This sounds really bad, doesn’t it? Well, for making the best possible leathers in terms of quality, sure. But in terms of being a good industry for humans and the environment, it’s not bad. In fact, it’s a necessity. So as you understand, “golden” above only refers to quality, not anything else. The world has to change, and the leather industry will have to roll with it. What’s interesting is to see where we will go from here. As I wrote in this article on vegan alternatives to leather, we are still a long way from finding something that is even close to have the excellent properties that leather has, so most likely we would do well in continue to produce leather for a foreseeable future. We can’t do it in a harmful way, but good quality products that will be great to use and last long is still what’s pursued. Combinations of historic tanning methods, along with new developments and use of synthetic yet harmless substances is likely the way forward, to create the best possible leathers with the lowest possible impact on humans and the environment.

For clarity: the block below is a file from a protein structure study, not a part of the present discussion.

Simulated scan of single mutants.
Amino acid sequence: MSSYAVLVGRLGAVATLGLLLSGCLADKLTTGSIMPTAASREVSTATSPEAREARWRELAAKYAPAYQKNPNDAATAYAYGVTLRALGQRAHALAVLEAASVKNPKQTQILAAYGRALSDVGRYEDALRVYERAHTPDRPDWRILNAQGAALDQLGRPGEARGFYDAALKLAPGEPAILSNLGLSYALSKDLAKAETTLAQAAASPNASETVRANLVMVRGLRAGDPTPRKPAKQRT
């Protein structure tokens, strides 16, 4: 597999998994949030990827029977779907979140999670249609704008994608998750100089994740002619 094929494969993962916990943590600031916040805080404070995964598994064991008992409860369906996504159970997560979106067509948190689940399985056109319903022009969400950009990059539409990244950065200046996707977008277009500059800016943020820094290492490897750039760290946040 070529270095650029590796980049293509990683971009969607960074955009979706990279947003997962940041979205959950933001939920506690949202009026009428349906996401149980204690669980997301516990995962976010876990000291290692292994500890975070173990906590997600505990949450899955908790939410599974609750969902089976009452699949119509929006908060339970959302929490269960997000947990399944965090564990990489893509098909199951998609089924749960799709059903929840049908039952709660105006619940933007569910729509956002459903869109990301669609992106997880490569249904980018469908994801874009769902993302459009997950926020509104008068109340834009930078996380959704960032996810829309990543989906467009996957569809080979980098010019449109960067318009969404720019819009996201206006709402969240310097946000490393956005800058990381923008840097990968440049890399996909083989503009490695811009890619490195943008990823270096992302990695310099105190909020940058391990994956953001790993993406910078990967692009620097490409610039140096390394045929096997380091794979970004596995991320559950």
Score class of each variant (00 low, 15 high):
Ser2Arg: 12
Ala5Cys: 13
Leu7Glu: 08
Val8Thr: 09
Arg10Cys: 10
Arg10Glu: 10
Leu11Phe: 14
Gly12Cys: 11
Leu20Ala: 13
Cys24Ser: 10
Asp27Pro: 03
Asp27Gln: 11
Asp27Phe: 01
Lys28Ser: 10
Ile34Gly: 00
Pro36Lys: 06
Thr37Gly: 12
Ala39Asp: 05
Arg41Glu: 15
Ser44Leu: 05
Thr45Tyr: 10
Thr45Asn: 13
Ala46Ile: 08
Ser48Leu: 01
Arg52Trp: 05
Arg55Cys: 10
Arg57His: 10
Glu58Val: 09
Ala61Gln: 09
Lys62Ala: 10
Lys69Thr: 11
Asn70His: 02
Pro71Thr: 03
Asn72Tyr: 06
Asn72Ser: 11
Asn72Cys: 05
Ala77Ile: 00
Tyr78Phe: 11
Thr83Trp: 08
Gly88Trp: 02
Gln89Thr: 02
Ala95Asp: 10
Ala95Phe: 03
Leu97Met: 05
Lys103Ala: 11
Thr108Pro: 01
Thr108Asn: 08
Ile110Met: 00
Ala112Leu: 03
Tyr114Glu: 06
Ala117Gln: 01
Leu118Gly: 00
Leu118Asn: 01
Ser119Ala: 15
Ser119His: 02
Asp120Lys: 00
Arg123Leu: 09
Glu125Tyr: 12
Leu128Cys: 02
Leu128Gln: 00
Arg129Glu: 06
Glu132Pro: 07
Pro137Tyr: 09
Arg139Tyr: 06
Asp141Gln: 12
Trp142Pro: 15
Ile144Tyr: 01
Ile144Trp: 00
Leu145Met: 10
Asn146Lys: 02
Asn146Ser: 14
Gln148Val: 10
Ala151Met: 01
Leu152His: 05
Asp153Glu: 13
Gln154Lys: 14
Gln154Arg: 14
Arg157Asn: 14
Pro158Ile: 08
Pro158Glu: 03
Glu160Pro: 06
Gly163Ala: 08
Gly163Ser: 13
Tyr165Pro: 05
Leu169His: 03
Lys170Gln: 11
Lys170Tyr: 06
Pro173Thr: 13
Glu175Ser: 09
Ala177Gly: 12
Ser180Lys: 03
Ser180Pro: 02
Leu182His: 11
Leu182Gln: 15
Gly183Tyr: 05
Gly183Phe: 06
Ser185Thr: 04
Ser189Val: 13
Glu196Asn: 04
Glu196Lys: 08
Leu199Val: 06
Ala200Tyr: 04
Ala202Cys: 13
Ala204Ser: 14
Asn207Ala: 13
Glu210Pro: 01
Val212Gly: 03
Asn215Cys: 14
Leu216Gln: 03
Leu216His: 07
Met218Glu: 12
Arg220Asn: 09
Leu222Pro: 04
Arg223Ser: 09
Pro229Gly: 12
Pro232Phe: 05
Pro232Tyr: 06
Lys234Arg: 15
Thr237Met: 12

If you want to learn more in-depth on leather and its history, a great resource is the website of the magazine Leather International, and its catalog of feature articles, white papers etc. Also the Nothing to hide website, which is a site owned by the leather trade, is a good resource, as long as one are aware of it obviously being highly biased.
I have just read this whole article out to my wife: she listened, with and I quote “more than moderate interest”. It’s Friday night, and I’m feeling fine 😉
I have a pair of ‘vintage’ Alfred Sargent split toe derbies and I’m sure they are from the late 1970s. The are the oldest shoes I possess; the leather is really nice: tight grain, shines well and is resilent. Not from the 1900s but the best I can find as yet.
Thanks again for the article.
Can’t think of any other place online where I can get to read things like this. Thank you!
Anthony: Haha, love both that you read high from the blog, and that your wife actually listened 😀 Thanks!
Liam Fingal: Thanks a lot!
very interesting article. I wonder the extent to which leather quality could be improved by a specific agricultural regime? A problem you don’t discuss here is that even if the farming were done in a leather-conscious way (and it will never be exactly that because leather is a by-product, nobody farms for leather) the hides get bulk processed with those from other regimes. Perhaps this situation will change as traceability is becoming a bigger issue in the leather market.
Nick Bardsley: Glad you think so! Surely, the right type of farming will have affect on leather. And actually, traceability of hides are relatively well-developed in many countries today, due to a demand from customers. In France for example, they previously hand written numbers on it but now in most cases it’s laser printed, and the tanneries know which farms are the best and pay more for these hides.